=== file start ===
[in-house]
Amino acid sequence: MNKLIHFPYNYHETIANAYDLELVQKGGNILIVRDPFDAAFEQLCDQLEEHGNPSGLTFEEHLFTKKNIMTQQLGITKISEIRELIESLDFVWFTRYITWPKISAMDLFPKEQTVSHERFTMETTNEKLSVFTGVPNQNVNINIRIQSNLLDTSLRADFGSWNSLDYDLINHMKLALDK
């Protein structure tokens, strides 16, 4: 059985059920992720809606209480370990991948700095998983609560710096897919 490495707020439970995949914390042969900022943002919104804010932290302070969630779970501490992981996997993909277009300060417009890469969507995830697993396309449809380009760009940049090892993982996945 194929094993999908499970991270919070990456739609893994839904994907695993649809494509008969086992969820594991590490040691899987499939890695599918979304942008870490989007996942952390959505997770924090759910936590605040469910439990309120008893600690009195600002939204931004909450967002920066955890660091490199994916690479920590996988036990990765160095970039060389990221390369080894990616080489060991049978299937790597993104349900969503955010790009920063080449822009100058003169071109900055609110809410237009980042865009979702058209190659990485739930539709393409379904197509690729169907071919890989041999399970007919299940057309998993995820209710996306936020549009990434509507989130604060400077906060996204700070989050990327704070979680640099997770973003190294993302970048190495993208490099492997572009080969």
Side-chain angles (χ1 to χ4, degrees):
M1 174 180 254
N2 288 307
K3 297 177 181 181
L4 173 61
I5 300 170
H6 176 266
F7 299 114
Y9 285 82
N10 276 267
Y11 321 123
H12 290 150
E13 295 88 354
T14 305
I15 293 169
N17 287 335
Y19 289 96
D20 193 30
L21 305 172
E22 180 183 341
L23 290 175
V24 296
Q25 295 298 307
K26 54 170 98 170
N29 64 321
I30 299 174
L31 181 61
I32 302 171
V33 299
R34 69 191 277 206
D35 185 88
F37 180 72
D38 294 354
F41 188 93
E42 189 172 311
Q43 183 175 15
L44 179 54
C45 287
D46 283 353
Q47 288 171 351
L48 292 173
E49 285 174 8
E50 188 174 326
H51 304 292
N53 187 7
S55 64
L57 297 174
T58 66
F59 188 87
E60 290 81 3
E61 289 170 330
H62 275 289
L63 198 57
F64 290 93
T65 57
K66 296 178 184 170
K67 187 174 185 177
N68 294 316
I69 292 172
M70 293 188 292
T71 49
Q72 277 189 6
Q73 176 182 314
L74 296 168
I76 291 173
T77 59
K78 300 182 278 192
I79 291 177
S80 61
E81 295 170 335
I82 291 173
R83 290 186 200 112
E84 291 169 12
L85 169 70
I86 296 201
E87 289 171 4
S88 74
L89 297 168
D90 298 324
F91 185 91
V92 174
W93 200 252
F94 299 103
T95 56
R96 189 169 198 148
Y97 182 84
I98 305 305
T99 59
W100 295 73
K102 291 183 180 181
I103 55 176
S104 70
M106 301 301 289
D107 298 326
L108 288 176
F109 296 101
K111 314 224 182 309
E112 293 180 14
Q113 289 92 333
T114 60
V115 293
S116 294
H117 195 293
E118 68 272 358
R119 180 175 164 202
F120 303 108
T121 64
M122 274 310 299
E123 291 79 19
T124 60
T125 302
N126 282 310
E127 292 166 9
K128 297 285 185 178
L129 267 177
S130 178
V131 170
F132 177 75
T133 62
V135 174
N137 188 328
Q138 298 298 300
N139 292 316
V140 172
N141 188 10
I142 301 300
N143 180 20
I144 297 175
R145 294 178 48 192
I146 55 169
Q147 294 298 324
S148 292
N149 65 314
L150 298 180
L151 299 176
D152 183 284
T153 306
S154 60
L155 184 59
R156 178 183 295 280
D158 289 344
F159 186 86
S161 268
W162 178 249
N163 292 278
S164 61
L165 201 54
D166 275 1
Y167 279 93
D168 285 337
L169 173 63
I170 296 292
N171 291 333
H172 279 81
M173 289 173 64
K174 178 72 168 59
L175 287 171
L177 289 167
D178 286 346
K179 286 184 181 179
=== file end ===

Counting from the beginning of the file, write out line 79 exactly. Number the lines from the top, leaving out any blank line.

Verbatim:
E87 289 171 4